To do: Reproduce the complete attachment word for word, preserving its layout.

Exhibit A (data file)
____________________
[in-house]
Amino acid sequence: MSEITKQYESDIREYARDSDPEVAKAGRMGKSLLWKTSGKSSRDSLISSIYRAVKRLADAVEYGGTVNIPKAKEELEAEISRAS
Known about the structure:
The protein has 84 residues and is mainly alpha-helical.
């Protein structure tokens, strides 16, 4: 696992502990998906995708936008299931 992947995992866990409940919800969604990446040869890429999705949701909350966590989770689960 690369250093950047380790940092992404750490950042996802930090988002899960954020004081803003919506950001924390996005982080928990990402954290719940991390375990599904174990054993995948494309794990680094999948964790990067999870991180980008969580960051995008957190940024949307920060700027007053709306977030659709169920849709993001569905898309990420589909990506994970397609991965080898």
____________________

[in-house]
Amino acid sequence: MSEITKQYESDIREYARDSDPEVAKAGRMGKSLLWKTSGKSSRDSLISSIYRAVKRLADAVEYGGTVNIPKAKEELEAEISRAS
Known about the structure:
The protein has 84 residues and is mainly alpha-helical.
């Protein structure tokens, strides 16, 4: 696992502990998906995708936008299931 992947995992866990409940919800969604990446040869890429999705949701909350966590989770689960 690369250093950047380790940092992404750490950042996802930090988002899960954020004081803003919506950001924390996005982080928990990402954290719940991390375990599904174990054993995948494309794990680094999948964790990067999870991180980008969580960051995008957190940024949307920060700027007053709306977030659709169920849709993001569905898309990420589909990506994970397609991965080898």